I can only describe these images as having a sort of “Confucian celerity”: swift but considered, pessimistic about his solitude—perhaps even resigned; and yet, one also detects a decidedly rebellious undertone: that determination to bear witness, to forge a sense of pathos with the reader by stating that there was to be no refuge from that history (the missing tent). There was much to say in the aftermath of the Second World War, after all, but the means of doing so were uncertain: the baroque bag of tricks which previous writers had used was now out of bounds; they were too subjective—and the national psyche too frail and disinterested. No one wanted the stately idealism of Goethe or Schiller, the lofty heights of Rilke and George. Both Germanies were competing to represent the “true spirit” of the nation in order to win over masses still largely conditioned by National Socialism. As far as the average citizen was concerned, any kind of “-ism” was suspicious. To succeed despite these limitations was Eich's great achievement. In “Camp 16,” Eich looks directly at the flowing Rhine, that Romantic symbol of Germany—and trenches himself in. Why? Out of shame? Guilt, or the processing of guilt is a recurring theme in his work, but its uniqueness lies in using that guilt to more positive ends, as an engine for reflection. Eich's is a particular kind of Deutsche Misere, one which arises from what Hofmann calls “the moment of the Zero Hour and Germania rasa, the moment of plain speech after the hateful jargon and lying bluster of Nazism, the moment of frank avowal and litany of destitution.”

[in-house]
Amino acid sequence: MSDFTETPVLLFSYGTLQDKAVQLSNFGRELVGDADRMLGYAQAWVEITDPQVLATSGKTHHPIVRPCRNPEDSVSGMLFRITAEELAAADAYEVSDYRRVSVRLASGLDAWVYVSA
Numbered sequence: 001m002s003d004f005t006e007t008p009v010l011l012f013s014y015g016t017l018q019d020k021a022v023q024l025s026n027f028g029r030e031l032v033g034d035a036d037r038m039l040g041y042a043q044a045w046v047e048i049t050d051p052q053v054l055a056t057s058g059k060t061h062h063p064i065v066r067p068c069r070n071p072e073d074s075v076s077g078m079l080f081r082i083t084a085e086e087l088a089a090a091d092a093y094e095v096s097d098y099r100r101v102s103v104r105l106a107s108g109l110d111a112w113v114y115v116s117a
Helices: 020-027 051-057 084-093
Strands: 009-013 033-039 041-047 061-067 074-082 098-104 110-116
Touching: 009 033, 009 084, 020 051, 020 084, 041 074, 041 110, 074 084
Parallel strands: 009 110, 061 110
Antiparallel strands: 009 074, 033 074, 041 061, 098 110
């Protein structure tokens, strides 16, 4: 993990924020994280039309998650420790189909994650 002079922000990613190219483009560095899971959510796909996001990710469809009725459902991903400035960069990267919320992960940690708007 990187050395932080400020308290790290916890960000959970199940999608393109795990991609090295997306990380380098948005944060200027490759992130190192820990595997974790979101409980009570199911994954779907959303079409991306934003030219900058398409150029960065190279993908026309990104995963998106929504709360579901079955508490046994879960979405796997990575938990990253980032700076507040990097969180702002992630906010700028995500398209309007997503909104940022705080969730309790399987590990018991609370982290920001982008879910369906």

As Belle Randall put it in her own review of the book, Eich was one of the three postwar writers whose work “answered Adorno's sense that no poetry could be written after the Holocaust.” The other two were Celan and Beckett. However true this may be, Eich was also aware of the urgent need for a critical awareness of the Cold War. Like Lévinas, he shows the isolated individual as human and warm; only when abstracted in a crowd or political message does the individual lose his humanity—like in “Rauchbier” (Smoked Beer):